In-file Delta Backups - Taking Incremental Backup to the Next Level

Incremental backup methods only copy files that have changed since they were last backed up. This saves substantial time and backup media because only a fraction of the data on any particular system is changed daily. Traditional incremental backup methods determine which files have changed by using one or more of the following methods:
  • Archive flag setting
  • Time stamp comparison
  • CRC comparison
  • File size comparison

Once it has been determined that a file has been changed since it was last backed-up, the entire file must be backed-up again. While this is much more efficient than backing up the entire disk, incremental backup still makes copies of vast amounts of data that have not changed. My Outlook .PST file, for example, is about 2GB and contains many thousands of saved emails. Furthermore, my Outlook .PST file changes everyday. Incremental backups would copy the entire file every day. I may only save 10 new emails in my .PST file on a typical day but the entire file must be backed up in order to have a current backup copy. So effectively, I would be backing up many thousands of emails so I can have a backup copy of the last 10.

Delta file backups methods improve on the traditional incremental backup methods by only backing up parts of files that have changed. In my case, only about 20K of my .PST file gets backed up on a daily basis with delta file technology. Delta technology examines a file in chunks called blocks. A CRC value is computed for each block of the disk file and then compared to the CRC values of the copy of the file on the backup system. Each block that differs is backed up. Blocks that have not changed are not backed up because an exact copy of those blocks is already stored on the backup system. If the file needs to be restored, then the blocks of the file on the backup system are used to reconstruct the file including all of the most recent updates.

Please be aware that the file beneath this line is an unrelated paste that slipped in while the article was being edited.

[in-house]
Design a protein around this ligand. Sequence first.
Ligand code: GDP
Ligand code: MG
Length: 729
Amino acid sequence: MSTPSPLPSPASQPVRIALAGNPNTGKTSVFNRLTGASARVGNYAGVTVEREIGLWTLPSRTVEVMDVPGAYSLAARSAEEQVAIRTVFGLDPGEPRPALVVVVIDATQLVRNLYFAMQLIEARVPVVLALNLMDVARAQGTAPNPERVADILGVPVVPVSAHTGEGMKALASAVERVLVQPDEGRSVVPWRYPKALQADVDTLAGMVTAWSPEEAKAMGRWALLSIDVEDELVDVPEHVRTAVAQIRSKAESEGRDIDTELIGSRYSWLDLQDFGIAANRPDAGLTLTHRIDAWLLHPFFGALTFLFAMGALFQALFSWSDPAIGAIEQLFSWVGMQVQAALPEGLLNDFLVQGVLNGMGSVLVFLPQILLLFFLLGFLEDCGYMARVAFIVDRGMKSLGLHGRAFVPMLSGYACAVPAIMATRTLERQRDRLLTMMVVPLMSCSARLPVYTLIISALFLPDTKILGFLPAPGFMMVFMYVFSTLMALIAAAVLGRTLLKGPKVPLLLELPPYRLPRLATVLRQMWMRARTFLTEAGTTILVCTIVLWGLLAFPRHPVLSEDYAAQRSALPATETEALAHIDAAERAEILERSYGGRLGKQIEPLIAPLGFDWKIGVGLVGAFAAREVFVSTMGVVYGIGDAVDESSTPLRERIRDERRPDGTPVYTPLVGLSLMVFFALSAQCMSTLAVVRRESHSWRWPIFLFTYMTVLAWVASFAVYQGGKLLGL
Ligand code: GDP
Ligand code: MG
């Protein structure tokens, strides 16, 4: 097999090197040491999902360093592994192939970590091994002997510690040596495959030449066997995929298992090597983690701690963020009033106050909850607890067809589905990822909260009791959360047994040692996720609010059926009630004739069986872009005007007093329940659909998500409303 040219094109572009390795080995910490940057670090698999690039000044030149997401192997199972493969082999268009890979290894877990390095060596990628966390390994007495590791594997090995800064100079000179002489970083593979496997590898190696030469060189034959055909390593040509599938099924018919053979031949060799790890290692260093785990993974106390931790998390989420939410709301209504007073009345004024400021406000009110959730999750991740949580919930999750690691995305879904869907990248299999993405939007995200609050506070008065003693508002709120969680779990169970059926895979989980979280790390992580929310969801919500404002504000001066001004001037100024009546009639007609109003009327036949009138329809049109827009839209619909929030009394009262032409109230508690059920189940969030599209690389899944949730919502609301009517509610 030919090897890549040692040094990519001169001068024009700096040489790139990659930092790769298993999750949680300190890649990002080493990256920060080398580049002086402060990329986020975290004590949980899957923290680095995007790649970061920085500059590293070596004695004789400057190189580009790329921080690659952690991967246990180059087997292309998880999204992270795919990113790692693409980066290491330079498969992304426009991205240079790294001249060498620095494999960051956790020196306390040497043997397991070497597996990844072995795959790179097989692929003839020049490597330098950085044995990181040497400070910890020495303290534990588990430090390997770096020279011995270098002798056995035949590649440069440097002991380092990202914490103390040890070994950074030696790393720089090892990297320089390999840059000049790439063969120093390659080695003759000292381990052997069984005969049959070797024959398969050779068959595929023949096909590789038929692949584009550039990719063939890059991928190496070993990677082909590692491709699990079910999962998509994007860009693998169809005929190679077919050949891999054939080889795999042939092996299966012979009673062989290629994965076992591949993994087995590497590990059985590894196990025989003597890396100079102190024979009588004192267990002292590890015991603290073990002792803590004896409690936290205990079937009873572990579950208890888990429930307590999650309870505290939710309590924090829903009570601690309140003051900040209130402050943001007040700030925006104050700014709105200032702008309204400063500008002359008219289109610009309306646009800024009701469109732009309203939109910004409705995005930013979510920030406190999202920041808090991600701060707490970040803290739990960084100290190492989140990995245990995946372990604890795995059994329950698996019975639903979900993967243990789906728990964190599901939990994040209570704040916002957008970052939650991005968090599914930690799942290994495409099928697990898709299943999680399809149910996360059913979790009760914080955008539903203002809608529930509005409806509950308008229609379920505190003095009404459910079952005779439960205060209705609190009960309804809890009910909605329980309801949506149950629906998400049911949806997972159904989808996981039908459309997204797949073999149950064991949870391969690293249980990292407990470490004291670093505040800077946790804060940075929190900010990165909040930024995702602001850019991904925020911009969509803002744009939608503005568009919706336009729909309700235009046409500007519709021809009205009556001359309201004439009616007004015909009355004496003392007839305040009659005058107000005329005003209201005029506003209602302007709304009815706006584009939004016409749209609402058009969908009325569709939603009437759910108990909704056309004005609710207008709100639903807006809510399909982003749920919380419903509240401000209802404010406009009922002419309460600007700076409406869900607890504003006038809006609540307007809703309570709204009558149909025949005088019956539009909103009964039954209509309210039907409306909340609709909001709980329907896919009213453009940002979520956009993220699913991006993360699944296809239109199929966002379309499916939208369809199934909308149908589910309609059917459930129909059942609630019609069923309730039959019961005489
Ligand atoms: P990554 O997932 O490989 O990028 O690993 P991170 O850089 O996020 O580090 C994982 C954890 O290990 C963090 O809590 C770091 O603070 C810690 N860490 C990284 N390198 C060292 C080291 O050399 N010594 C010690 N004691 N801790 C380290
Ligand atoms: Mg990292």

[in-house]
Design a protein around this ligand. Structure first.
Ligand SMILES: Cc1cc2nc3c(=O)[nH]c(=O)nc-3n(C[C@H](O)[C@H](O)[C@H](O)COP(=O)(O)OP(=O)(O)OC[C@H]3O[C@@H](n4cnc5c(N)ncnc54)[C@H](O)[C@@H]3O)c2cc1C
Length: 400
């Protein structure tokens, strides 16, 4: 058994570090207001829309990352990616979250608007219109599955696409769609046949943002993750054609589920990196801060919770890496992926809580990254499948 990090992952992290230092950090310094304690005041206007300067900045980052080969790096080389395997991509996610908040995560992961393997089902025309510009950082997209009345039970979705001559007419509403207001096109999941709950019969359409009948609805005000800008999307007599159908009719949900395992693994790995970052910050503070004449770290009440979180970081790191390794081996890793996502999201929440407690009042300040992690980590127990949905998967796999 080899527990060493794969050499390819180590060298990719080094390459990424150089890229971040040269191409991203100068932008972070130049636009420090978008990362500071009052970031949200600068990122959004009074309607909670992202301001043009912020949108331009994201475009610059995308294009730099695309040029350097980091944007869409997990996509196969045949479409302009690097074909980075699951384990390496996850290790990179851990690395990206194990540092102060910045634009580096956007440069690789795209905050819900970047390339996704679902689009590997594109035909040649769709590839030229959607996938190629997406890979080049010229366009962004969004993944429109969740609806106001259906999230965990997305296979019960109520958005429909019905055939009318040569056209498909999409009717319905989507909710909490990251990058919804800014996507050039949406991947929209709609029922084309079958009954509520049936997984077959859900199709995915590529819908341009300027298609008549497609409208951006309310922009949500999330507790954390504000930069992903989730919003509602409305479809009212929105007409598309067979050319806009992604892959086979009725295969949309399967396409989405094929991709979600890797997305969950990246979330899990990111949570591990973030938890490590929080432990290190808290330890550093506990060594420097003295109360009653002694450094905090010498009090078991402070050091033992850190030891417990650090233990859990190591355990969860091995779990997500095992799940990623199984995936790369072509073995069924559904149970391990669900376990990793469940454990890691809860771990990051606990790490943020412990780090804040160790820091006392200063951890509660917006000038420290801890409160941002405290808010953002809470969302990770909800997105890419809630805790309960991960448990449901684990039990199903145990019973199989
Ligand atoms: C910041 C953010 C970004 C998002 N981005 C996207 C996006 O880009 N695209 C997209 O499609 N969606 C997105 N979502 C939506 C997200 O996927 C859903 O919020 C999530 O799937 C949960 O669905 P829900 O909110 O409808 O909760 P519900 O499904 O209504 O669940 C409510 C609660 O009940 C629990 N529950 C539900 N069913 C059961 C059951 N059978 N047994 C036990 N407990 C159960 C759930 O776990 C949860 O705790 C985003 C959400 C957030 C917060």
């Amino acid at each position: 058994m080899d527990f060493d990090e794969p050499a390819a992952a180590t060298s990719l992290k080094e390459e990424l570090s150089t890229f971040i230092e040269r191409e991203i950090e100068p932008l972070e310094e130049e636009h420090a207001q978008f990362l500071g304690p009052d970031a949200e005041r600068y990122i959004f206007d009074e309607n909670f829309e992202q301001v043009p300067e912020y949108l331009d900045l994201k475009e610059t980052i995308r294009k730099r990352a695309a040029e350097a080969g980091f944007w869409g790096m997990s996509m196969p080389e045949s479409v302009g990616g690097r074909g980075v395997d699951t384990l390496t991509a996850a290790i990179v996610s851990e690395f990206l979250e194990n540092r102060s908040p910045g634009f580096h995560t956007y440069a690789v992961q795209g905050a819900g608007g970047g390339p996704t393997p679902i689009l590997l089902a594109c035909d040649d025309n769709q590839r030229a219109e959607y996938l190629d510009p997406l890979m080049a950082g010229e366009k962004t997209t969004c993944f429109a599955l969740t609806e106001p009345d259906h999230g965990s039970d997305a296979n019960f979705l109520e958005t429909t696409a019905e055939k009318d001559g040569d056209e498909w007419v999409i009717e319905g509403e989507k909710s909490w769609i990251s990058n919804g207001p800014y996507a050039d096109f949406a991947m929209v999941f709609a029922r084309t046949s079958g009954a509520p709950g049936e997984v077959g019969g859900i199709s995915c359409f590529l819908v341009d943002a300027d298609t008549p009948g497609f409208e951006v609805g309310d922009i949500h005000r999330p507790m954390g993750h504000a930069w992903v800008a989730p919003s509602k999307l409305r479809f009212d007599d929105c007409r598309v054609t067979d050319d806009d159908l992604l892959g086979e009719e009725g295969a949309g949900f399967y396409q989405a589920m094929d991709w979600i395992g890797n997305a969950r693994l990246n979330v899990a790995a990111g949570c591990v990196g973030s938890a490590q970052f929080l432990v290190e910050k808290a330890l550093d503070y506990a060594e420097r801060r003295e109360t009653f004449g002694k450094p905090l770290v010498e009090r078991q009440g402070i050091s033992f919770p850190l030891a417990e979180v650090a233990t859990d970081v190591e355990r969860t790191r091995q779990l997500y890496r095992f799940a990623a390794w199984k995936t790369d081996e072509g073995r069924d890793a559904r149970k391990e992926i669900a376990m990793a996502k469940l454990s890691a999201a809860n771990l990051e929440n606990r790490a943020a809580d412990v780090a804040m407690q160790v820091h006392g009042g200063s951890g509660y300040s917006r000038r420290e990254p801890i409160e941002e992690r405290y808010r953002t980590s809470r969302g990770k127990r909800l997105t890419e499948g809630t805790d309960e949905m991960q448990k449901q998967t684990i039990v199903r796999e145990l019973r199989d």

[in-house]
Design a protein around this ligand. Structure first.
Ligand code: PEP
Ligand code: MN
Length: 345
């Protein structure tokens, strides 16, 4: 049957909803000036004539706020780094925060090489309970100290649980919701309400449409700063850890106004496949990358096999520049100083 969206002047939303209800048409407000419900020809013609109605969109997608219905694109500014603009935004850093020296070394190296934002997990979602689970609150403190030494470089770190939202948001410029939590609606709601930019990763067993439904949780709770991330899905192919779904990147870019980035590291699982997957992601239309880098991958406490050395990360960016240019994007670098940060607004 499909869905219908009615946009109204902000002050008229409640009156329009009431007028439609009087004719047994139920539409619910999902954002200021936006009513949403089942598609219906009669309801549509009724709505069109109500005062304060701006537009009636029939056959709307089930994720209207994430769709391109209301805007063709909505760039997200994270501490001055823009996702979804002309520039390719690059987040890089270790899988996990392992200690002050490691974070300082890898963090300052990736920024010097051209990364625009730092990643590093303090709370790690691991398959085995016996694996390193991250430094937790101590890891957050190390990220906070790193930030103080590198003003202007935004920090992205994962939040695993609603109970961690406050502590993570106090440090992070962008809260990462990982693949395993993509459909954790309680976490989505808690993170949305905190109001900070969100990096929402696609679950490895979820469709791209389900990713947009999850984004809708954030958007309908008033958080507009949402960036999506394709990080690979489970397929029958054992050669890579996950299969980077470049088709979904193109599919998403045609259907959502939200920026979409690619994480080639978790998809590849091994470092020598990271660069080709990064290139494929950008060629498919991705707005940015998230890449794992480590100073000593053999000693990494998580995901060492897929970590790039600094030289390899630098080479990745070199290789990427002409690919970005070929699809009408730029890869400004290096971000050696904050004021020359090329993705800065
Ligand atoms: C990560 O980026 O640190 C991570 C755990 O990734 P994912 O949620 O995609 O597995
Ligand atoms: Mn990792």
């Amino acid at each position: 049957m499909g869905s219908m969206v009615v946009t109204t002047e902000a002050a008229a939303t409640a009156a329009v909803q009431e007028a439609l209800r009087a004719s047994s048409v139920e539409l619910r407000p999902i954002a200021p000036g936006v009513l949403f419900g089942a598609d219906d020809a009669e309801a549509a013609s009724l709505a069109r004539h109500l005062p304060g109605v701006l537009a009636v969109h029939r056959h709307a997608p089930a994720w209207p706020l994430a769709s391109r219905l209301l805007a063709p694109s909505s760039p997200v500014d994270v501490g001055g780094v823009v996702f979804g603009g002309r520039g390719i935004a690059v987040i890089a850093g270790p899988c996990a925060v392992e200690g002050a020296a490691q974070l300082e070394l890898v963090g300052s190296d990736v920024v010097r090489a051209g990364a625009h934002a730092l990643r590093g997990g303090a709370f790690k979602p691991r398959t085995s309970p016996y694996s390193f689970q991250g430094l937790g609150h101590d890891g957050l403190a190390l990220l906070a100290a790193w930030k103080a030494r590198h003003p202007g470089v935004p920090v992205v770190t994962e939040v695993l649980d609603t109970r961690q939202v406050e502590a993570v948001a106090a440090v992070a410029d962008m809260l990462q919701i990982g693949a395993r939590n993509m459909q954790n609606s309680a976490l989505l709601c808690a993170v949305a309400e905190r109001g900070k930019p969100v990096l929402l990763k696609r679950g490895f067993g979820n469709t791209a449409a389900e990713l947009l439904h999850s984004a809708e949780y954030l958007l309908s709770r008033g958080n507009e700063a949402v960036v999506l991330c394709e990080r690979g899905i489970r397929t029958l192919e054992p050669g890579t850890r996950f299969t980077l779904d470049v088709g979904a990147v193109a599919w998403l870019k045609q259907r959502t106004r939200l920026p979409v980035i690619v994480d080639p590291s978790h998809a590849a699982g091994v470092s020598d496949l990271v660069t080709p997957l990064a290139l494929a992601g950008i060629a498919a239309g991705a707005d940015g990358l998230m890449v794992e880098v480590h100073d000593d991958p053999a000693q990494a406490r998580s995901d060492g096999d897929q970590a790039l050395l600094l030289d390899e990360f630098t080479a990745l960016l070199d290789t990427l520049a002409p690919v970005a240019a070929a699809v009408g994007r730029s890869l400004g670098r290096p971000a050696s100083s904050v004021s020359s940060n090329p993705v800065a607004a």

When I first looked at delta backup methods, I had a certain amount of apprehension. I had a fear that the blocks would get out of sync or for some other reason the file would not be the same once it had been taken apart and put back together. I spent quite a bit of time looking at the algorithms, and testing actual backup and restores using delta technology. I was quite surprised at the results. Delta file technology is solid and mature. In fact, I hadn't seen a single case where file integrity violated. I have come to the conclusion that the algorithms and implementations are very good and leave little to chance. It is also apparent that the testing of the software that implements delta file technology is fairly straight forward, making the process verifiable. I liken the delta file technology to that of SSL or ZIP compression when it comes to the ability to transform files to another form and back again. It simply works, every-time.

In-file delta technology is especially useful in online backup systems. The better online backup systems are designed to use bandwidth efficiently by avoiding movement of data that is already at the destination. In my case, my .PST file is backed up daily to an offsite backup service in a few seconds. It would take at least 2 hours without the the delta file technology. Online backup to offsite storage locations is great technology, but it is the in-file delta technology that makes it practical to backup large files over the Internet.

1 comment:

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